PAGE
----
A Nigerian media mogul can appeal a High Court decision that ruled he could not run a UK company for seven years.
Nduka Obaigbena, 62, was given permission to fight the ruling by High Court Judge Timothy Fancourt.
Obaigbena was handed the ban after the High Court said his company Arise Networks Ltd had no reasonable prospect of paying its debts to avoid insolvency.
The businessman’s lawyers argued the High Court had “misunderstood the law” during the hearing.
Judge Fancourt said he was unconvinced the original judge – Judge Raquel Agnello – had misinterpreted the evidence against Obaigbena – or criticized the businessman’s credibility.
However, there was a chance the seven-year sanctions imposed last April were “too severe”.
Mr Hugh Sims, QC, representing Obaigbena, argued his client thought Arise Networks could overcome its huge debts.
Obaigbena launched Arise Networks Ltd in the UK in 2014.
The station – at one time running out of prestigious offices in Piccadilly, London – attracted household names to its presenting team.
It also employed first-rate news producers and journalists.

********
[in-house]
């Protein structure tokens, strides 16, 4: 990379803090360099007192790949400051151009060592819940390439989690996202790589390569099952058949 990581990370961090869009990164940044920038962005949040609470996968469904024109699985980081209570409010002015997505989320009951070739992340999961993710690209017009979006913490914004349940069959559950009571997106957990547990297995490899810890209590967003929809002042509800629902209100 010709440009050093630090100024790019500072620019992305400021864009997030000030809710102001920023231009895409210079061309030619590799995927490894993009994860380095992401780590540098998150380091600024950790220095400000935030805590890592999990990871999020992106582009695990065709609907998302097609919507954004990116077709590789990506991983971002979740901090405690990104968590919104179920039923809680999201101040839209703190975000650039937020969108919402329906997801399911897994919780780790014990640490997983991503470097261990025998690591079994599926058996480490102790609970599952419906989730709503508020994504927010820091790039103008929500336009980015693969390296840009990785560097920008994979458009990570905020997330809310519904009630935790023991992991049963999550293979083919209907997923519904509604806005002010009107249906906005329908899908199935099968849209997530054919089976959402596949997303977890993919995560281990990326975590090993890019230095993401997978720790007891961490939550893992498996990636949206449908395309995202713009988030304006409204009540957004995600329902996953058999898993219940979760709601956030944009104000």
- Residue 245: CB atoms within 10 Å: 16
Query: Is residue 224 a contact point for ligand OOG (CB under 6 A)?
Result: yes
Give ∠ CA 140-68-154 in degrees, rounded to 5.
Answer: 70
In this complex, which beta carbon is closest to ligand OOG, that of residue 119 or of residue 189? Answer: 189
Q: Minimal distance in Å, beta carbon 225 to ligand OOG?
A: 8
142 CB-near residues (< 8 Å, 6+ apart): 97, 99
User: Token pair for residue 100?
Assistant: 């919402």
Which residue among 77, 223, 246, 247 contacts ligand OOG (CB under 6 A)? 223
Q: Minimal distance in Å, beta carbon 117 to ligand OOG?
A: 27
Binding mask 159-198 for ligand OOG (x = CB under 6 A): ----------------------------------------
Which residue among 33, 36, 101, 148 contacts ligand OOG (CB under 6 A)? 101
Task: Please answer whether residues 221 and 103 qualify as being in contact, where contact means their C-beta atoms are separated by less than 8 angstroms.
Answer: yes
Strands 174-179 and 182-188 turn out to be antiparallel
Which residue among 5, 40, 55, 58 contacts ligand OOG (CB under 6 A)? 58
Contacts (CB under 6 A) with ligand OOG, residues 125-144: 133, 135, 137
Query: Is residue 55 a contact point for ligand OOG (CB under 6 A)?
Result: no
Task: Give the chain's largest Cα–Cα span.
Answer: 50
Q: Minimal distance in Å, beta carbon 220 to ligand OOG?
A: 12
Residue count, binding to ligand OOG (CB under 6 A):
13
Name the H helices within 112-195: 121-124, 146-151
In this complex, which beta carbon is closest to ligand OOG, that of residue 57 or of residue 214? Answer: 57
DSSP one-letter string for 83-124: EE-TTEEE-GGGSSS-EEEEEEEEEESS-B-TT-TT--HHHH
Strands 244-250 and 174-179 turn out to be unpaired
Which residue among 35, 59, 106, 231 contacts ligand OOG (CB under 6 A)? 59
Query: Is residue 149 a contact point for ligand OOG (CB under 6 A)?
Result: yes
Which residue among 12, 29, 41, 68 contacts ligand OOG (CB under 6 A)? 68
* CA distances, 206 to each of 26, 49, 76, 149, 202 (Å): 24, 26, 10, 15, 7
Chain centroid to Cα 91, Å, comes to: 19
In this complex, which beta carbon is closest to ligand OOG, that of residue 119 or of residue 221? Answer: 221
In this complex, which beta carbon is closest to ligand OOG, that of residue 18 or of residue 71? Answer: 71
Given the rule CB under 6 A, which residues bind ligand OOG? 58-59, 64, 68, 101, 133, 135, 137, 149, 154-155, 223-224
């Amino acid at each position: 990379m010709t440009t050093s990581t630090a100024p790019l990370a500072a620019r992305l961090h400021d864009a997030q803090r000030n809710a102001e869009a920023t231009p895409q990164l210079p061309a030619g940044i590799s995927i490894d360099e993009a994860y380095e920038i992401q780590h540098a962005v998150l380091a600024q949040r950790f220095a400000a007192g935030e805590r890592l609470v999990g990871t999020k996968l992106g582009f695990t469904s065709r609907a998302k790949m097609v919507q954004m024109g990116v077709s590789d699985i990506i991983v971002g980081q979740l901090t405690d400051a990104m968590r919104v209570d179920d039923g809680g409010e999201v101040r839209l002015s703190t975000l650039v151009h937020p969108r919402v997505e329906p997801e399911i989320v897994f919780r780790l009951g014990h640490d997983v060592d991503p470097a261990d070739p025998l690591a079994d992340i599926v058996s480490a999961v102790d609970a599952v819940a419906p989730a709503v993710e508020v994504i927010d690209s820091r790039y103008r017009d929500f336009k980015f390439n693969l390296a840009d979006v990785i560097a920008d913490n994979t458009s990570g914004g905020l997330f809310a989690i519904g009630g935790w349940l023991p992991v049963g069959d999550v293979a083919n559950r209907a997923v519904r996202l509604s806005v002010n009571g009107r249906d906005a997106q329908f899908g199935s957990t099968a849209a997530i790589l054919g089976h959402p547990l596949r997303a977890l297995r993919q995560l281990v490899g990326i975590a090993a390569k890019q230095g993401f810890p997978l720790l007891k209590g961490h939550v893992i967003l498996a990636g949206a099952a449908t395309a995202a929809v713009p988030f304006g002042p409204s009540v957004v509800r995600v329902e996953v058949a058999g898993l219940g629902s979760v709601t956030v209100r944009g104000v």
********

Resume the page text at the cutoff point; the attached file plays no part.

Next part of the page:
However, its losses went from £3.8 million in 2013 to £25.7 million in 2016.
It was wound up – leaving workers being owed hundreds of thousands of pounds in unpaid wages.
The broadcaster had failed to generate any sales revenue and was dependent on funds from associated businesses in Nigeria.
In September 2014 the Nigerian Government brought in stringent exchange controls after the collapse in the price of oil – stopping the movement of much needed currency out of the country.
Obaigbena maintained once the restrictions were lifted, funds would be available, and he could pay his creditors.
But Judge Agnello found there was “no evidence” for the businessman’s optimism that creditors would be repaid.